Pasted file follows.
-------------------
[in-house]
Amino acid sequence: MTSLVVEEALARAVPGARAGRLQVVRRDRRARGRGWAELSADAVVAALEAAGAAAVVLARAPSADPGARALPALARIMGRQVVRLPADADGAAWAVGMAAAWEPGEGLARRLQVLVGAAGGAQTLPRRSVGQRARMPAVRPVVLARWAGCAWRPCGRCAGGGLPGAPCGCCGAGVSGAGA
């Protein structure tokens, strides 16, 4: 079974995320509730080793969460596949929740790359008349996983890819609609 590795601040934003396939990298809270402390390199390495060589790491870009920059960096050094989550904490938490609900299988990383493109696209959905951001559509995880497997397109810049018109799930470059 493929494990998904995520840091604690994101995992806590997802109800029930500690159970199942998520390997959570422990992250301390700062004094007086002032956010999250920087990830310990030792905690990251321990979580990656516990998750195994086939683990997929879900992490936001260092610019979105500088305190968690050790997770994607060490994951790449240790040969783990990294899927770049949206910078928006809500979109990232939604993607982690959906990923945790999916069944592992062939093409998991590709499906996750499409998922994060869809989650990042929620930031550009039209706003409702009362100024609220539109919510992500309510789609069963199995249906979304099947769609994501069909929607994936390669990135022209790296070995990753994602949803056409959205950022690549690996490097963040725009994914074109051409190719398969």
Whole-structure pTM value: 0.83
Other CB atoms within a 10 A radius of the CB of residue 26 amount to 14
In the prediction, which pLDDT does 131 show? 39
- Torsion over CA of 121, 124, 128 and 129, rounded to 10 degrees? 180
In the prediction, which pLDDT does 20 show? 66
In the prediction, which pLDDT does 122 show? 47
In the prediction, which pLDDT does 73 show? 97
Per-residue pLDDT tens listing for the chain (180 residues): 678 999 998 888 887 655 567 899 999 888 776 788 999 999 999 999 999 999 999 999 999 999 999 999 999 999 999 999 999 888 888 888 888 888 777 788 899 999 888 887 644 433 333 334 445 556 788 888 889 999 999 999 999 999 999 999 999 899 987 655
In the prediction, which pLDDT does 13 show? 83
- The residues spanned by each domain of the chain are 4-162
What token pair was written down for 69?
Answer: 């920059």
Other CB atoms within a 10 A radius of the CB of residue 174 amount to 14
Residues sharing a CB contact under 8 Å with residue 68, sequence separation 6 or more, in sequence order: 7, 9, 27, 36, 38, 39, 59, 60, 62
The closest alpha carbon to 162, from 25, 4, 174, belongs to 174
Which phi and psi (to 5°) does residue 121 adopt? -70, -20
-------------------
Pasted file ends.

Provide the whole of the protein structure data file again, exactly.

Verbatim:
[in-house]
Amino acid sequence: MTSLVVEEALARAVPGARAGRLQVVRRDRRARGRGWAELSADAVVAALEAAGAAAVVLARAPSADPGARALPALARIMGRQVVRLPADADGAAWAVGMAAAWEPGEGLARRLQVLVGAAGGAQTLPRRSVGQRARMPAVRPVVLARWAGCAWRPCGRCAGGGLPGAPCGCCGAGVSGAGA
């Protein structure tokens, strides 16, 4: 079974995320509730080793969460596949929740790359008349996983890819609609 590795601040934003396939990298809270402390390199390495060589790491870009920059960096050094989550904490938490609900299988990383493109696209959905951001559509995880497997397109810049018109799930470059 493929494990998904995520840091604690994101995992806590997802109800029930500690159970199942998520390997959570422990992250301390700062004094007086002032956010999250920087990830310990030792905690990251321990979580990656516990998750195994086939683990997929879900992490936001260092610019979105500088305190968690050790997770994607060490994951790449240790040969783990990294899927770049949206910078928006809500979109990232939604993607982690959906990923945790999916069944592992062939093409998991590709499906996750499409998922994060869809989650990042929620930031550009039209706003409702009362100024609220539109919510992500309510789609069963199995249906979304099947769609994501069909929607994936390669990135022209790296070995990753994602949803056409959205950022690549690996490097963040725009994914074109051409190719398969």
Whole-structure pTM value: 0.83
Other CB atoms within a 10 A radius of the CB of residue 26 amount to 14
In the prediction, which pLDDT does 131 show? 39
- Torsion over CA of 121, 124, 128 and 129, rounded to 10 degrees? 180
In the prediction, which pLDDT does 20 show? 66
In the prediction, which pLDDT does 122 show? 47
In the prediction, which pLDDT does 73 show? 97
Per-residue pLDDT tens listing for the chain (180 residues): 678 999 998 888 887 655 567 899 999 888 776 788 999 999 999 999 999 999 999 999 999 999 999 999 999 999 999 999 999 888 888 888 888 888 777 788 899 999 888 887 644 433 333 334 445 556 788 888 889 999 999 999 999 999 999 999 999 899 987 655
In the prediction, which pLDDT does 13 show? 83
- The residues spanned by each domain of the chain are 4-162
What token pair was written down for 69?
Answer: 């920059």
Other CB atoms within a 10 A radius of the CB of residue 174 amount to 14
Residues sharing a CB contact under 8 Å with residue 68, sequence separation 6 or more, in sequence order: 7, 9, 27, 36, 38, 39, 59, 60, 62
The closest alpha carbon to 162, from 25, 4, 174, belongs to 174
Which phi and psi (to 5°) does residue 121 adopt? -70, -20